The metamorphic rocks forming the range belong to the Bulawayan System of Southern Rhodesia and are probably 2,700 to 3,100 million years old. They have been tightly folded into a complex structure with a general direction east-north-east and very steep, almost perpendicular. On the flanks of the range the rocks are basaltic lavas and dolerites that have been metamorphosed into greenstones and epidiorites composed of amphiboles (chiefly hornblende), sodic feldspar and clinozoisite. The core of the range is a variety of banded sedimentary rocks that have been metamorphosed and now contain micas, almandine garnet and various amphiboles, including grunerite. They consist of banded ironstones, phyllites, sericite-quartz schists and, quartzites. Very long, narrow sills of peridotites were intruded into these older rocks and have been altered into serpentine and related rocks.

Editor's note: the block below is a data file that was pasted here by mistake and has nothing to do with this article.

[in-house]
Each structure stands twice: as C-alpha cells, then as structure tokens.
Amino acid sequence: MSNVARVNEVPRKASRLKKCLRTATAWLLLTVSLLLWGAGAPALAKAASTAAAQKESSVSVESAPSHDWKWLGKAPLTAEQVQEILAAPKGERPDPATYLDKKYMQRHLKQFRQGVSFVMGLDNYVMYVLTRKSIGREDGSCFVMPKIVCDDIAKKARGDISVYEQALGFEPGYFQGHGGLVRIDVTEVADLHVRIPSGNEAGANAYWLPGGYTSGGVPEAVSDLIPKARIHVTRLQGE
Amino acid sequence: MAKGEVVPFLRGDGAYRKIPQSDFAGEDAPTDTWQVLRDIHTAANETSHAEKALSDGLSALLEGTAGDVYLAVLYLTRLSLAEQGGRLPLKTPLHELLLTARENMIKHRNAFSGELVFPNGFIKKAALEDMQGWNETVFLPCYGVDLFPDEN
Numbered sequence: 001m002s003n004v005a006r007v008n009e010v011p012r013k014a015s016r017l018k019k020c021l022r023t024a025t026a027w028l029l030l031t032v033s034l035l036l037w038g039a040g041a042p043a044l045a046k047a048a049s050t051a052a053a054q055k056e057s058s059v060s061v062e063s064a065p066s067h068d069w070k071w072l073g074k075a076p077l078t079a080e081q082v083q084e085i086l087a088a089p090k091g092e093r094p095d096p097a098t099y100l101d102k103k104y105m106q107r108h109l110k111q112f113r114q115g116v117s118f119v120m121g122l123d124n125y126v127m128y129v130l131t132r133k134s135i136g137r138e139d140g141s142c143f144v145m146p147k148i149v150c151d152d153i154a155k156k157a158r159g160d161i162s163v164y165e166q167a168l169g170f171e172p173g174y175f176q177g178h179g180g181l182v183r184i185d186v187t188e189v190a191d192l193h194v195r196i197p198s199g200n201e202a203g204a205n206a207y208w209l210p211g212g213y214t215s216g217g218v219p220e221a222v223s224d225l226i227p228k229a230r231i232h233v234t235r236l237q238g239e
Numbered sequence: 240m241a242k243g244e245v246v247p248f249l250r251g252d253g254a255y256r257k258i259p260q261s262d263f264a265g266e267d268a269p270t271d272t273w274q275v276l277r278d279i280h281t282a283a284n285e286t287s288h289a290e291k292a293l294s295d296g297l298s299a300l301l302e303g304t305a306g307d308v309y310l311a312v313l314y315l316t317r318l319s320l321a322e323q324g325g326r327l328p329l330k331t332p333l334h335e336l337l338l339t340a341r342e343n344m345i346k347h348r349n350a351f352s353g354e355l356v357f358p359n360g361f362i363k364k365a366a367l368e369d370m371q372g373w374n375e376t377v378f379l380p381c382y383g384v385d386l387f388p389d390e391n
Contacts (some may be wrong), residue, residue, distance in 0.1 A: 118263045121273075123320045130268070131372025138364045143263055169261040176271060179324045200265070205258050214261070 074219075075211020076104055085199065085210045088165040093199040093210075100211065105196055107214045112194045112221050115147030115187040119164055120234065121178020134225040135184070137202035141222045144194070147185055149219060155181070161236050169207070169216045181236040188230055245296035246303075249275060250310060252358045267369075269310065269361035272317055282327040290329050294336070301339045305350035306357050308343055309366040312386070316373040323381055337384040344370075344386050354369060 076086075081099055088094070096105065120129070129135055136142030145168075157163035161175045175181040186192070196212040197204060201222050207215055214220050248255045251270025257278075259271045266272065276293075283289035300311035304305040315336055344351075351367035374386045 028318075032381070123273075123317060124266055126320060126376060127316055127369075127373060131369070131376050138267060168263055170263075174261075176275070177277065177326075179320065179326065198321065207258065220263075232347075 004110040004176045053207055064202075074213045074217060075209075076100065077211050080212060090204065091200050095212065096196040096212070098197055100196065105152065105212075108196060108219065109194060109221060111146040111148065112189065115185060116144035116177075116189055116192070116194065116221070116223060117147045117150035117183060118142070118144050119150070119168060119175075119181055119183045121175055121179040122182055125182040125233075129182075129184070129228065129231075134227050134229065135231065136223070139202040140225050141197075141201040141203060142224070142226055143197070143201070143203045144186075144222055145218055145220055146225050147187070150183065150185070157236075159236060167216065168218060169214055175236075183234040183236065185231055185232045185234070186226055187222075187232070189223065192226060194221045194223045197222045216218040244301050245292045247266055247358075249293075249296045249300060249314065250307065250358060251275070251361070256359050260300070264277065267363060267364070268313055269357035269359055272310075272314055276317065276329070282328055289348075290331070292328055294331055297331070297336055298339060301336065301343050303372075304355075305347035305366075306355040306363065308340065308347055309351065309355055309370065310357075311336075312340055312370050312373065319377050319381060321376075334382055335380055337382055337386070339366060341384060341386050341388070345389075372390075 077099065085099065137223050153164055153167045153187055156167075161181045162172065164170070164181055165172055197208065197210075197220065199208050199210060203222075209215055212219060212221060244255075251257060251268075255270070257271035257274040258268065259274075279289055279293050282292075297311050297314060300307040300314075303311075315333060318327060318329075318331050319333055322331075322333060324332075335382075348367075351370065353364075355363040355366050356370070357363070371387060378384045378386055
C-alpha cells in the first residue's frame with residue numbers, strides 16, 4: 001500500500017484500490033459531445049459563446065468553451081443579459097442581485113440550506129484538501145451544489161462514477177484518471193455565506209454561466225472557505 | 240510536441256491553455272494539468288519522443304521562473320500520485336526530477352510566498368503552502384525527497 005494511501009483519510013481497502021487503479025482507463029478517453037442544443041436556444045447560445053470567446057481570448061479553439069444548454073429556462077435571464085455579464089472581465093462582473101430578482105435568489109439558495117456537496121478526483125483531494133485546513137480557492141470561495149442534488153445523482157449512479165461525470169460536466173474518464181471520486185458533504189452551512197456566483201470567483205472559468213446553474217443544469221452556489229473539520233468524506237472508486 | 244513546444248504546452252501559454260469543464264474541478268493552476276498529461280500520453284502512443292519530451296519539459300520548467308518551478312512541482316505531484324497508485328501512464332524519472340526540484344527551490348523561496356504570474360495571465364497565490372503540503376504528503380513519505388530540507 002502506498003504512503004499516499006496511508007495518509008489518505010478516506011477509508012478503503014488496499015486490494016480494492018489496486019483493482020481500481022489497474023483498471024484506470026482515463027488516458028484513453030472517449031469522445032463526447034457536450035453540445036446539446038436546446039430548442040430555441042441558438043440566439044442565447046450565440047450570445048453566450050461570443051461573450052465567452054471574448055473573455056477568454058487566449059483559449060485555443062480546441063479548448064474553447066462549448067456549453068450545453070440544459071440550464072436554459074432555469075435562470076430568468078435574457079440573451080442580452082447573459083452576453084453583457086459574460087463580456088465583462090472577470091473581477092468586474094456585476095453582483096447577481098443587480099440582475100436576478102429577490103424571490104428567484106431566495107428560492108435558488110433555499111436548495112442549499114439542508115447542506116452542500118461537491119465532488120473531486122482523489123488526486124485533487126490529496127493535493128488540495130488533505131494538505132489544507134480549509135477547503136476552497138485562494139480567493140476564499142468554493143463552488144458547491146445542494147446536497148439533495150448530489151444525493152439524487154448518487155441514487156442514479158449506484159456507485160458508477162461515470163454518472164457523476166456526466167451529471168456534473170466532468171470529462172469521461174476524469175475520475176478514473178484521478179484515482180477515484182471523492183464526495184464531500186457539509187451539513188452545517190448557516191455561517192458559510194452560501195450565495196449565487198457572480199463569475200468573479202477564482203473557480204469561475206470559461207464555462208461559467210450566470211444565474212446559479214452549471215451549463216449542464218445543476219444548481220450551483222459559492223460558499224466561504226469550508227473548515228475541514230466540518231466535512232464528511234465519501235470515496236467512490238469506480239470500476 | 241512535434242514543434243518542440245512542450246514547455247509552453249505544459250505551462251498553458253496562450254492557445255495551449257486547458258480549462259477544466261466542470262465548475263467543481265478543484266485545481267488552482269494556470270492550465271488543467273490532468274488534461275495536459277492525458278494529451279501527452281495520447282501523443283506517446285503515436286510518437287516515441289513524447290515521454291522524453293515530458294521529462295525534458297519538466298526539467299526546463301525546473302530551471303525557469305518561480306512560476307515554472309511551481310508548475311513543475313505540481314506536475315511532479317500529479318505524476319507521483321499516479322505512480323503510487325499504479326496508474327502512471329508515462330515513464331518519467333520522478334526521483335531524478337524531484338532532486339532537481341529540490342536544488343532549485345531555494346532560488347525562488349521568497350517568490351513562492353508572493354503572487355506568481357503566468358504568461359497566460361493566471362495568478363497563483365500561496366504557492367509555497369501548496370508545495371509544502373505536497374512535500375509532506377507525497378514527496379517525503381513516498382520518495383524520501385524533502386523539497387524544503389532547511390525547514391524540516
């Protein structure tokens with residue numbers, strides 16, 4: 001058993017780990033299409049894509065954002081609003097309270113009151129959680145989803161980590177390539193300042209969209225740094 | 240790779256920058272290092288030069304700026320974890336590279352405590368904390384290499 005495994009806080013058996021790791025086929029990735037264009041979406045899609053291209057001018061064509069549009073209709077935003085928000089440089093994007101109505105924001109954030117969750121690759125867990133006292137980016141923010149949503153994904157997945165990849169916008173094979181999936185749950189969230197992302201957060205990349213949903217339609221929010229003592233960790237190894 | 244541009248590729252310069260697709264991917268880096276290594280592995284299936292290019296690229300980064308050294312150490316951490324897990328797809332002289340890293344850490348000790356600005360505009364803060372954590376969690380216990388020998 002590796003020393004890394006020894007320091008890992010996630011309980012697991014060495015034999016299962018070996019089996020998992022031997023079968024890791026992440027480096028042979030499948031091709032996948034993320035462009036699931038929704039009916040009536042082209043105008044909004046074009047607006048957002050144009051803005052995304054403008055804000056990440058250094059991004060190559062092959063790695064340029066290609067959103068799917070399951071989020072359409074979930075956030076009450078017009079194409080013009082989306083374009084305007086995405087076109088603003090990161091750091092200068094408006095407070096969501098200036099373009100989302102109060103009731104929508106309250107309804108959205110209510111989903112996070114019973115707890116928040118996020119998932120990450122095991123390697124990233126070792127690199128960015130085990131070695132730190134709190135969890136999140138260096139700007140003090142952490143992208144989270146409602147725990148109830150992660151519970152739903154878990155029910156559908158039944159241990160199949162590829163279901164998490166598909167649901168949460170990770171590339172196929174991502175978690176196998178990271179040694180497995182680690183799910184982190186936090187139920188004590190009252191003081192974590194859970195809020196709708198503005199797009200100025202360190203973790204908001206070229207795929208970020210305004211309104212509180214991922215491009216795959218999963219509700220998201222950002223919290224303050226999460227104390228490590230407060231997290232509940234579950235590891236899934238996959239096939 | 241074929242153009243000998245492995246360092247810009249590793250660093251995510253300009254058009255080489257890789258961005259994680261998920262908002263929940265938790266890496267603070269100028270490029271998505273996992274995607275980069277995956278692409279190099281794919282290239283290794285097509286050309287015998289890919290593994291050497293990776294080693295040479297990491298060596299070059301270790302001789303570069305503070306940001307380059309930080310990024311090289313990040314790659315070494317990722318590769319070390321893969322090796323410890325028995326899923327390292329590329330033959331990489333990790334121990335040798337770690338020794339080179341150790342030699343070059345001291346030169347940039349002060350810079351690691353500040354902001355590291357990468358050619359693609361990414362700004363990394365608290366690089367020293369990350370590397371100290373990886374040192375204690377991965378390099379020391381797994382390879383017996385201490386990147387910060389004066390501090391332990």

The rocks forming the range were folded, metamorphosed and intruded by granitic rocks at the end of the Bulawayan times and again at the end of Shamvian times about 2,650 million years ago. A batholitic mass of granitic rocks extends for over 20 miles (32 km.) in all directions from the range and small stocks were intruded into the schists of the range and the gneissic granite contact around it. The emeralds have been found associated with the pegmatite dykes in the tremolite schists. The majority of the dykes probably belong to the end of the Shamvian System and contain beryl, lepidolite, petalite, spodumene and tantalum-niobium minerals. The intrusion of the granitic magma into the tremolite schists caused contact metamorphosis of the two rocks through which new minerals were formed, the most valuable of which is the emerald. It is most instructive to study the formation of emerald as shown by this particular deposit, which seems to have much in common with the emerald-bearing rocks at Tokowaya (Ural), Transvaal, Ajmer in India and the Habachtal in Austria. There, same as here, the circumstances of formation and the chemical composition of the various rocks explain the formation of the emerald. The beryllium is an element that emerges from the granite. The tremolite schists do not carry any beryllium. The granite has also brought free silica, while chromium, which acts as a pigment, under favourable conditions accompanies basic rocks of the gabbro group, which are poor in silica ; it is present in minute quantities in the altered serpentine rocks and was carried up from great depths by the peridotite. In the course of the numerous successive intrusions, alterations .and re-formations, the chromium got into the process of contact-metamorphosis, thus becoming responsible for the superb colour of the Sandawana emeralds.